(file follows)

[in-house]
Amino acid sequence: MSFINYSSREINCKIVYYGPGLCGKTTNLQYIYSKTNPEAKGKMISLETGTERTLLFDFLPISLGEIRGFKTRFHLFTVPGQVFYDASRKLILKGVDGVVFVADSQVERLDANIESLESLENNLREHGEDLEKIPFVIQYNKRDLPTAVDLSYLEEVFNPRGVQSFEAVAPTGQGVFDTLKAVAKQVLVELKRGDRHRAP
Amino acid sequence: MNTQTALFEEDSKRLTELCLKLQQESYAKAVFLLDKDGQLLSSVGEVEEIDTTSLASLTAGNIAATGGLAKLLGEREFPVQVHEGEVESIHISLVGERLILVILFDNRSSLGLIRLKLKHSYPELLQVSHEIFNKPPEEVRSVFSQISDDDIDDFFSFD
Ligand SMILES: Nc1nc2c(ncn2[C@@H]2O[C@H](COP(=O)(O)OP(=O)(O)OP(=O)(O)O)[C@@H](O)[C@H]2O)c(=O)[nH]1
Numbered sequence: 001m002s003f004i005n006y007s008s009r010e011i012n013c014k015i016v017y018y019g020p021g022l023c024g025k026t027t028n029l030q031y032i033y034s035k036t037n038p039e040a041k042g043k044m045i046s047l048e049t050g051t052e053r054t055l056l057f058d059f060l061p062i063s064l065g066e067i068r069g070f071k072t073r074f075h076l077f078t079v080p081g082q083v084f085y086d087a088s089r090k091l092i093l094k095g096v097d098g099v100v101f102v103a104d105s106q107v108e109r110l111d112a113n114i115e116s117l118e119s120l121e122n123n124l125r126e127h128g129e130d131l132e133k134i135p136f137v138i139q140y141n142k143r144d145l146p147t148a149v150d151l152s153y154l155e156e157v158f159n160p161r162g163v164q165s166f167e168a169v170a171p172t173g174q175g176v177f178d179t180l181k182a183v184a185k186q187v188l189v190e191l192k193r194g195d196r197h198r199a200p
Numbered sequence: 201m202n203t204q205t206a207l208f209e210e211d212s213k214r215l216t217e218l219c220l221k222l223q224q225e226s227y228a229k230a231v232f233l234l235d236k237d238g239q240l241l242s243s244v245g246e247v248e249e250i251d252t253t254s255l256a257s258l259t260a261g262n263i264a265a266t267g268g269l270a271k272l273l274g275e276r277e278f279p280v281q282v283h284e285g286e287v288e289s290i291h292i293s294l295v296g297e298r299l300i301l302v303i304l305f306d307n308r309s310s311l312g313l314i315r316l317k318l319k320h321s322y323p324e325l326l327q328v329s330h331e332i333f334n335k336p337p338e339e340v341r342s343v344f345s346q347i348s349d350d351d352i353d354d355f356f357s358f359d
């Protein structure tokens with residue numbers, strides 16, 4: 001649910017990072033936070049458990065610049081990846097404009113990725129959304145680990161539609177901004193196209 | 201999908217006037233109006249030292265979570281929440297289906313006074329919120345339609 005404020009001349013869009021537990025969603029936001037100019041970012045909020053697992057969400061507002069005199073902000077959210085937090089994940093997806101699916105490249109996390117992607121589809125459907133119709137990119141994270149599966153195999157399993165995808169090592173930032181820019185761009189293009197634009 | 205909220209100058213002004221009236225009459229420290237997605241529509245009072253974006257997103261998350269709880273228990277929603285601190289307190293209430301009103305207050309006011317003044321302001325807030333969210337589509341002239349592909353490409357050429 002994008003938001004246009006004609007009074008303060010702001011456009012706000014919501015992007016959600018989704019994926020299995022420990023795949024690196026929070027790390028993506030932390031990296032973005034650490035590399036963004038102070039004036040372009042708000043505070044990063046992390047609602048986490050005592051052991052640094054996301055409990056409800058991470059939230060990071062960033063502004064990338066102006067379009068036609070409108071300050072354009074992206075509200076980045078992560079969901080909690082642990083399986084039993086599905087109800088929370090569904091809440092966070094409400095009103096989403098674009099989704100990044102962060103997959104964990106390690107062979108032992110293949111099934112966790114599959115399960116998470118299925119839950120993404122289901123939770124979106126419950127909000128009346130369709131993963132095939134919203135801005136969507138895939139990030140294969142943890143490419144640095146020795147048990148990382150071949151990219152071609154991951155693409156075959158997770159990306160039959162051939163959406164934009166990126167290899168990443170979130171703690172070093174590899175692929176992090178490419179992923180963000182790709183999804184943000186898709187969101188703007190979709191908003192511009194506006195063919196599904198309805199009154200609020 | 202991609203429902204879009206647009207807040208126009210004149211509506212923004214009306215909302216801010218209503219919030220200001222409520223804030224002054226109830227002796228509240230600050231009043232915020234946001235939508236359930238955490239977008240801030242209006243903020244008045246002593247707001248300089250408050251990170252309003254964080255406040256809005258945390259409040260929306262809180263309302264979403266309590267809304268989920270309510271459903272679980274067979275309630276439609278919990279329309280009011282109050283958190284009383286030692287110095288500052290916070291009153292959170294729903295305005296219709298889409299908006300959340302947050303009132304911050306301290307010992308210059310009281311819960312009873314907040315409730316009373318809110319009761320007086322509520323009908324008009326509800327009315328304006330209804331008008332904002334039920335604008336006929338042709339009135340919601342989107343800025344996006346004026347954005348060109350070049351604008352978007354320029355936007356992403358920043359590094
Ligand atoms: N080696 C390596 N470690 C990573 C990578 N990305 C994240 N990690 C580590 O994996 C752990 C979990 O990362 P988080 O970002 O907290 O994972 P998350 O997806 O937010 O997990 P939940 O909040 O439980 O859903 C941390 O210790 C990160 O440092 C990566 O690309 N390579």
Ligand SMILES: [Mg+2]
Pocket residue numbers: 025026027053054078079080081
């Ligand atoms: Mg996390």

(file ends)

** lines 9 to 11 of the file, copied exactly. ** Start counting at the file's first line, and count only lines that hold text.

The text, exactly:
Ligand SMILES: [Mg+2]
Pocket residue numbers: 025026027053054078079080081
């Ligand atoms: Mg996390």